Table of Contents > Drug > Metronidazole (Systemic) Print

Metronidazole (Systemic)

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Notes
Related terms
Uses
Dosing
Safety
Author information

Notes

    Related terms
    • Brand Names: U.S.: Flagyl®;Flagyl® 375;Flagyl® ER
    • Brand Names: Canada: Apo-Metronidazole®;Flagyl®;Florazole® ER
    • Pharmacologic Category: Amebicide;Antibiotic, Miscellaneous;Antiprotozoal, Nitroimidazole

    Uses
    • It is used to stop or treat GI (gastrointestinal) ulcers caused by infection.
    • It is used to treat bacterial infections.
    • Metronidazole works to harm the bacteria and fight the infection.

    Dosing

    How to take

    • To gain the most benefit, do not miss doses.
    • Use as you have been told, even if you are feeling better.
    • Oral:
    • Take with or without food. Take with food if it causes an upset stomach.
    • Take long-acting products on an empty stomach. Take 1 hour before or 2 hours after meals.
    • Shot:
    • It is given as a shot into a vein.

    Missed Dose

    • Take a missed dose as soon as you think about it.
    • If it is close to the time for your next dose, skip the missed dose and go back to your normal time.
    • Do not take 2 doses at the same time or extra doses.

    Storage

    • Store at room temperature.
    • Protect capsules and tablets from water. Do not store in a bathroom or kitchen.
    • Follow how to store the shot closely. Talk with the doctor.

    Safety



    Warnings

    • Metronidazole has been shown to cause cancer in mice and rats. Talk with the doctor.
    • Unsafe side effects may happen. This drug cannot be taken while you are taking some other drugs. Check all the drugs you are taking with your doctor.

    Avoid

    • If you have an allergy to metronidazole or any other part of this drug.
    • Tell your doctor if you are allergic to any drugs. Make sure to tell about the allergy and what signs you had. This includes telling about rash; hives; itching; shortness of breath; wheezing; cough; swelling of face, lips, tongue, or throat; or any other signs.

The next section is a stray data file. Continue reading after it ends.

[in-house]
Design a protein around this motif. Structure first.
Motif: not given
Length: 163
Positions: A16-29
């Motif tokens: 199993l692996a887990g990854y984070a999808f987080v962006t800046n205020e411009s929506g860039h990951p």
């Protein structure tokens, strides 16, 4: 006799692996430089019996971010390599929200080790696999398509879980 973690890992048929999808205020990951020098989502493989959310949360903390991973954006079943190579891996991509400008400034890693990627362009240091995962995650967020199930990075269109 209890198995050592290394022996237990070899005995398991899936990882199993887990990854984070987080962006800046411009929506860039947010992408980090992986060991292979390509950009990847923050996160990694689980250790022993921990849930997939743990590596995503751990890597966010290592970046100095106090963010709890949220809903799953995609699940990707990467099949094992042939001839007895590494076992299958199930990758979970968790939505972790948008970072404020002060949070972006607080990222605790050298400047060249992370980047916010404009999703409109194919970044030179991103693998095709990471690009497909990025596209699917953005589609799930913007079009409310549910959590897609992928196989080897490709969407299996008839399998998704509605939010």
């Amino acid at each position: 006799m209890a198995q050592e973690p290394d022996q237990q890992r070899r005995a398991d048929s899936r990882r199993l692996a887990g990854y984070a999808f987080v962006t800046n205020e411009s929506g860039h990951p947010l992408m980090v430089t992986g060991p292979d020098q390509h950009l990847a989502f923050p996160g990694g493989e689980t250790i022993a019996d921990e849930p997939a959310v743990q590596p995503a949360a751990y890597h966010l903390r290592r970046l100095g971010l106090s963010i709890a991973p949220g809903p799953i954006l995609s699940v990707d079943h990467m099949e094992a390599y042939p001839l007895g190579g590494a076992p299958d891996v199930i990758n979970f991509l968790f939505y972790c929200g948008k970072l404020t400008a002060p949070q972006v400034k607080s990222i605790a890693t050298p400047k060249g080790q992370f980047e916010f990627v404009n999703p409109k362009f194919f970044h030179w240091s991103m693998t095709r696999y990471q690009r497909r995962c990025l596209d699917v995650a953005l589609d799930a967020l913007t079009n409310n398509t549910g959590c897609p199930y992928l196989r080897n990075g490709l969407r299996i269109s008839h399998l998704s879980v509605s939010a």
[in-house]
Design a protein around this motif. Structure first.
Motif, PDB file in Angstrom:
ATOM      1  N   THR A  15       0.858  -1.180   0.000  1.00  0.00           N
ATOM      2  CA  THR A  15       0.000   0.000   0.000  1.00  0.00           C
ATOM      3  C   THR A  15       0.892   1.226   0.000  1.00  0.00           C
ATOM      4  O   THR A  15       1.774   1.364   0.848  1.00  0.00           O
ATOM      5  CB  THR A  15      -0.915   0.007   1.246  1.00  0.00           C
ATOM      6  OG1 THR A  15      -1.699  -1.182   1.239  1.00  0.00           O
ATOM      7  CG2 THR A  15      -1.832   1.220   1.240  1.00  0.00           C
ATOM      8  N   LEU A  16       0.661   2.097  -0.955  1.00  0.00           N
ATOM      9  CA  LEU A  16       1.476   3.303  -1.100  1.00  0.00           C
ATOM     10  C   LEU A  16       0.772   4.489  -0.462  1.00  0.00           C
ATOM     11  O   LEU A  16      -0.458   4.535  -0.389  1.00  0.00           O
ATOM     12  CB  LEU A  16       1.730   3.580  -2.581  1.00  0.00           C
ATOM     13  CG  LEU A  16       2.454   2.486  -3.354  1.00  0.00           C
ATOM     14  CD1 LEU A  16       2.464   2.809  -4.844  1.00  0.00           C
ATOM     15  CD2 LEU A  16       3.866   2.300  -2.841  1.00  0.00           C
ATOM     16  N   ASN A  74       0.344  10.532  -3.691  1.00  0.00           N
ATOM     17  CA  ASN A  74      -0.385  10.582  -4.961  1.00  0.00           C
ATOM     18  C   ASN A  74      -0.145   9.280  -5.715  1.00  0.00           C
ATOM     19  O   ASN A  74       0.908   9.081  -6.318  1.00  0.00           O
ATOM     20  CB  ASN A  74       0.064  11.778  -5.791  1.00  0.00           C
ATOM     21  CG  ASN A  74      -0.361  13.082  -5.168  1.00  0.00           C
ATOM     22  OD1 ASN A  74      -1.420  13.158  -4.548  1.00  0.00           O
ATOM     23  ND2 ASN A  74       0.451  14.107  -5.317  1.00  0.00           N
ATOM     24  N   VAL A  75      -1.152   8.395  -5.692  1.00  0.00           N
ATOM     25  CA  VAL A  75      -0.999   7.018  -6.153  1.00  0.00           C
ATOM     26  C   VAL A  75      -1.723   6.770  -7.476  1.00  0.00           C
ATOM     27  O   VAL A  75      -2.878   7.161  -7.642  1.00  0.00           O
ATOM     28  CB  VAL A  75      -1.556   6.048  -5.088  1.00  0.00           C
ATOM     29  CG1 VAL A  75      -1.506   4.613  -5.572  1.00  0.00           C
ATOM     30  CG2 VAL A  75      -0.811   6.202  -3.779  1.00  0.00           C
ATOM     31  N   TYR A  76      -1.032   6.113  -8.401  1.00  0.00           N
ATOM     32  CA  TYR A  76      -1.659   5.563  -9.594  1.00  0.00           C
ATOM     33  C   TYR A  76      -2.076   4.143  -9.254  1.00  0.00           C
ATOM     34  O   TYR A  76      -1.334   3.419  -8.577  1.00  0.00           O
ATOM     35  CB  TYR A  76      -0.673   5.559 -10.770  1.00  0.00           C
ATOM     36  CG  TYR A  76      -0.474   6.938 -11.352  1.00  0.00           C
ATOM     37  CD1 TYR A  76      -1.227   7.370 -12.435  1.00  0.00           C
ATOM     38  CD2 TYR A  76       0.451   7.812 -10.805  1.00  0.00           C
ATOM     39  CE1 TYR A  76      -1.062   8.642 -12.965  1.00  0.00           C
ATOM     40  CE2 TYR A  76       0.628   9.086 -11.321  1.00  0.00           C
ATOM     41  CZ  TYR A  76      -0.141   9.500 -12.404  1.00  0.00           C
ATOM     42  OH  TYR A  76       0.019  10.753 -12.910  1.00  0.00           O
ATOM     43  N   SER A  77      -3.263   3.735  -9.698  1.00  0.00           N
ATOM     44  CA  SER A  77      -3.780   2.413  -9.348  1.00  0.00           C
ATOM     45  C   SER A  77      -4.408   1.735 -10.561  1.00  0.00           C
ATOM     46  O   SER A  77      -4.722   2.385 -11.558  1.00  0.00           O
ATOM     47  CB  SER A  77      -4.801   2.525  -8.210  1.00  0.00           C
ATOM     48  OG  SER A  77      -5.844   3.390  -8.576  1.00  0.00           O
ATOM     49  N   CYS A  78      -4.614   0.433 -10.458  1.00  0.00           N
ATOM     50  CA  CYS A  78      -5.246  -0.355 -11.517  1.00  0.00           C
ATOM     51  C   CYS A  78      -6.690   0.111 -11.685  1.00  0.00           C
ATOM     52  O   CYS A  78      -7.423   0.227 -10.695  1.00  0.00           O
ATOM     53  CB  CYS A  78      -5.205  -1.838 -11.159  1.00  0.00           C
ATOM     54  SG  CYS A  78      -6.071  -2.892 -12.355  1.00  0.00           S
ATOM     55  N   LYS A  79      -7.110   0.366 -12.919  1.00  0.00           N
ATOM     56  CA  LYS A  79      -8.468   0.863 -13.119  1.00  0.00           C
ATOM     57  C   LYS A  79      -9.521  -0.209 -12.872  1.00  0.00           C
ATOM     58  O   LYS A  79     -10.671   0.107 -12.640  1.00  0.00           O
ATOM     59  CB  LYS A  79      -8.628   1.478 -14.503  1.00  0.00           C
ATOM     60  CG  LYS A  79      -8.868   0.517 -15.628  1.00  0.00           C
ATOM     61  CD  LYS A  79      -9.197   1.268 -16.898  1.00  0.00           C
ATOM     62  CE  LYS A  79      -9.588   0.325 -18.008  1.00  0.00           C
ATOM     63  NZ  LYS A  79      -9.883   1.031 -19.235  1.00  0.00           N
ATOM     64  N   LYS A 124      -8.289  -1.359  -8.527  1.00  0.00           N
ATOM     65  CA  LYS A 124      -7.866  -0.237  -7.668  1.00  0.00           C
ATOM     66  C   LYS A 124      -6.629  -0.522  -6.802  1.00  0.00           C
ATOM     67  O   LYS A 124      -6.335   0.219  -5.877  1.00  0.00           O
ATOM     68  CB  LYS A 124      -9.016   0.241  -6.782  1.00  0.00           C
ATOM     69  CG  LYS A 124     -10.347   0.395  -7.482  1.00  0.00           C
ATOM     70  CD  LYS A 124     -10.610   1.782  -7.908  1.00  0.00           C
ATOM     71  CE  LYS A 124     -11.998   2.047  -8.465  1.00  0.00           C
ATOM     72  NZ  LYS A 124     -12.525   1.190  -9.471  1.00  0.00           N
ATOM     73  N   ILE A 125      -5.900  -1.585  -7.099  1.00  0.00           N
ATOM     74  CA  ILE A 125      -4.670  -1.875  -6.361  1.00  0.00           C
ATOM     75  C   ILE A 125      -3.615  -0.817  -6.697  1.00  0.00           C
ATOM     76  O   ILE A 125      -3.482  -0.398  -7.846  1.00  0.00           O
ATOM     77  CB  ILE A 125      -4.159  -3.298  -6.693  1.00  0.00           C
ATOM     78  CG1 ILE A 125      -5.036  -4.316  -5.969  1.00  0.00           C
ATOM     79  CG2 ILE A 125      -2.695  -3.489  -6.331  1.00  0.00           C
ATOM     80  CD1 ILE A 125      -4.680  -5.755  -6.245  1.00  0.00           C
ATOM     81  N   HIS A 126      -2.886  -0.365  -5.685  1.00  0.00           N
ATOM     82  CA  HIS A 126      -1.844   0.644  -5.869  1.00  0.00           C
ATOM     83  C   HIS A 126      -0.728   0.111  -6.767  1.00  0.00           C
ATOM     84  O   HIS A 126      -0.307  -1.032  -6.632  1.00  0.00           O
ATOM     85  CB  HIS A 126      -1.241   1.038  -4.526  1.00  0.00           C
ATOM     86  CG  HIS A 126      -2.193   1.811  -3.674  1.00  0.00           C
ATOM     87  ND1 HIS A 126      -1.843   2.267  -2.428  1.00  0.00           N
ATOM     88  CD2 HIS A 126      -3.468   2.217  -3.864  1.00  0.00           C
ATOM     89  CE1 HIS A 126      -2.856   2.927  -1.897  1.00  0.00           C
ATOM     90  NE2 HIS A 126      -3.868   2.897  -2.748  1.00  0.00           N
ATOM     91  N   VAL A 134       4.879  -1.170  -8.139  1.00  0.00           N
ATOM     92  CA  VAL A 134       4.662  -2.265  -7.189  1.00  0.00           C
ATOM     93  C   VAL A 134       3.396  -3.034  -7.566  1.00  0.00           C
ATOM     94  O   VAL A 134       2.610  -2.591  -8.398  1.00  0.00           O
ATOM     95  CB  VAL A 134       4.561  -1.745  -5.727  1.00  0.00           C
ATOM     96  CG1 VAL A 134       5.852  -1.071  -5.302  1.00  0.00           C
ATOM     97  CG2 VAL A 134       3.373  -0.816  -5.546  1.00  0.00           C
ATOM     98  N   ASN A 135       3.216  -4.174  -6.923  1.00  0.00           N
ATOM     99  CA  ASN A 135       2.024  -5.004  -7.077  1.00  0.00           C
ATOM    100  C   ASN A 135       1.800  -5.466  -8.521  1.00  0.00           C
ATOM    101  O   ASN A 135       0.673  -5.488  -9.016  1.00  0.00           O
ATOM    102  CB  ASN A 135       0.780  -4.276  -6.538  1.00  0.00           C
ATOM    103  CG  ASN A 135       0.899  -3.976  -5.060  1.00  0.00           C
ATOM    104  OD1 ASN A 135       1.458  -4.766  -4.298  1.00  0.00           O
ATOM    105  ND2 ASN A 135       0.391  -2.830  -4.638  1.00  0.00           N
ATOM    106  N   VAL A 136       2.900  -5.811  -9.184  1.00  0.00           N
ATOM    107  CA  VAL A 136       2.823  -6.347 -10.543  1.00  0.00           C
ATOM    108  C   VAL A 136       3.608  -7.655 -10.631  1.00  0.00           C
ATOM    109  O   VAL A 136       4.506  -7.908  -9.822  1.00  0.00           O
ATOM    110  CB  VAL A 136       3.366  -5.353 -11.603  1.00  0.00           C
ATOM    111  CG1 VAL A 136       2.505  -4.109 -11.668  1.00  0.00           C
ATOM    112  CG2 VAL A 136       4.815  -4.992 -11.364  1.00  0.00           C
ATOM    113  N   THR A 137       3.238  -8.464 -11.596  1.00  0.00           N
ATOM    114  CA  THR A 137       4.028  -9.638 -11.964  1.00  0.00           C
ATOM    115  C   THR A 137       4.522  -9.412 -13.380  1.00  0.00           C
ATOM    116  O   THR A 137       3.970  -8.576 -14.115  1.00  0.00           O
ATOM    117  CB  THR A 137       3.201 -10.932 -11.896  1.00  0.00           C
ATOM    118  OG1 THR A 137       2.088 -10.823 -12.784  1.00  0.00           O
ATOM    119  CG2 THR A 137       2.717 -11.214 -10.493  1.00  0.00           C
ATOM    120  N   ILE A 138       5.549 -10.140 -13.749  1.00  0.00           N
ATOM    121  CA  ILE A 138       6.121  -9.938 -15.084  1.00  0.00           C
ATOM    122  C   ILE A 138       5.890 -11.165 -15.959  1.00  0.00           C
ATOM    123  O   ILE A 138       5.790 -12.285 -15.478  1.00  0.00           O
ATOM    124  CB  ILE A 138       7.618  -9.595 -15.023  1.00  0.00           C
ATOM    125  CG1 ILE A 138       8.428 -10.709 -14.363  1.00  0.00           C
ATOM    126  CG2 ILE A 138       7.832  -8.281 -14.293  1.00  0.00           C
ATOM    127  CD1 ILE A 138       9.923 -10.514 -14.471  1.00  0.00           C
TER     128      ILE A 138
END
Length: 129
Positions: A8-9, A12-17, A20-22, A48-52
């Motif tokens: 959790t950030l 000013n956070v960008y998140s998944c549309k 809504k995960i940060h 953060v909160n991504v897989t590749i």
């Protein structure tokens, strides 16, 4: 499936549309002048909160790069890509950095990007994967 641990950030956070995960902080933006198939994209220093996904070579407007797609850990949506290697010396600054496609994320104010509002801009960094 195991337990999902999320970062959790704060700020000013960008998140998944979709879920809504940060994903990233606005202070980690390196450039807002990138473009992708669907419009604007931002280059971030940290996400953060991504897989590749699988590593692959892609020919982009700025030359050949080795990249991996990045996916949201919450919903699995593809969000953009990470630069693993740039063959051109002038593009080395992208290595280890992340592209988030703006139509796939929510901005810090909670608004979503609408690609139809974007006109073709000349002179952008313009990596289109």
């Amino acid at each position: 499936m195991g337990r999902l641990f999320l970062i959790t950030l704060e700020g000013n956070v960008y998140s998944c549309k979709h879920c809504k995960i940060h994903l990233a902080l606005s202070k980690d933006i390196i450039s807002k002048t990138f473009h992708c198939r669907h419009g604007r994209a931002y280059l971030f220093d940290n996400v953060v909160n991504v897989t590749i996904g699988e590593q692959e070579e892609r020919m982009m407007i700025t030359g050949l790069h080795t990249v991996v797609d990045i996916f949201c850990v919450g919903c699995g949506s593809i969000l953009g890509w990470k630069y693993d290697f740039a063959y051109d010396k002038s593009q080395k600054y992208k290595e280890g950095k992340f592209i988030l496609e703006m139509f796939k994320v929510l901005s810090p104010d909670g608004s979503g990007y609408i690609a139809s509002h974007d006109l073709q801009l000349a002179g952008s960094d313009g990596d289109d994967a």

• If you are less than 12 weeks pregnant.
    • If you are breast-feeding.

    Precautions

    • If you have a blood disease, talk with your doctor.
    • If you have liver disease, talk with your doctor.
    • If you have seizures, talk with your doctor.
    • If you are taking a blood thinner, have your blood work checked. Talk with your doctor.
    • Check all drugs you are taking with your doctor. This drug may not mix well with some other drugs.
    • Avoid beer, wine, or mixed drinks. Do not take alcohol for at least 24 hours after the last dose. Drinking alcohol or products that have alcohol, such as cough syrup, may cause cramps, upset stomach, headaches, and flushing.
    • Birth control pills and other hormone-based birth control may not work to stop pregnancy. Use some other kind of birth control while taking this drug.
    • Tell your doctor if you are pregnant or plan on getting pregnant.

    Side Effects

    • Upset stomach or throwing up. Many small meals, good mouth care, sucking hard, sugar-free candy, or chewing sugar-free gum may help.
    • Loose stools. Yogurt or probiotics may help. You may get these products at health food stores or in some pharmacies.
    • Headache.
    • Not hungry.
    • Bad taste in your mouth. This most often goes back to normal.
    • Change in color of urine to black or brown.

    Contact a healthcare provider

    • If you think there was an overdose, call your local poison control center or ER right away.
    • Signs of a very bad reaction to the drug. These include wheezing; chest tightness; fever; itching; bad cough; blue skin color; seizures; or swelling of face, lips, tongue, or throat.
    • Very bad dizziness.
    • Very bad headache.
    • Trouble speaking.
    • Seizures.
    • Very loose stools, even after drug is stopped.
    • Numbness or tingling in your hands or feet.
    • Any rash.
    • Health problem is not better or you are feeling worse.

    General Statements

    • If you have a very bad allergy, wear an allergy ID at all times.
    • Do not share your drugs with others and do not take anyone else's drugs.
    • Keep all drugs out of the reach of children and pets.
    • Most drugs may be thrown away in household trash after mixing with coffee grounds or kitty litter and sealing in a plastic bag.
    • In Canada, take any unused drugs to the pharmacy. Also, visit http://www.hc-sc.gc.ca/hl-vs/iyh-vsv/med/disposal-defaire-eng.php#th to learn about the right way to get rid of unused drugs.
    • Keep a list of all your drugs (prescription, natural products, vitamins, OTC) with you. Give this list to your doctor.
    • Call your doctor for help with any side effects. If in the U.S., you may also call the FDA at 1-800-FDA-1088 or if in Canada, you may also call Health Canada's Vigilance Program at 1-866-234-2345.
    • Talk with the doctor before starting any new drug, including OTC, natural products, or vitamins.

    Author information
    • Copyright © 1978-2010 Lexi-Comp Inc. All rights reserved.

    Copyright © 2011 Natural Standard (www.naturalstandard.com)


    The information in this monograph is intended for informational purposes only, and is meant to help users better understand health concerns. Information is based on review of scientific research data, historical practice patterns, and clinical experience. This information should not be interpreted as specific medical advice. Users should consult with a qualified healthcare provider for specific questions regarding therapies, diagnosis and/or health conditions, prior to making therapeutic decisions.

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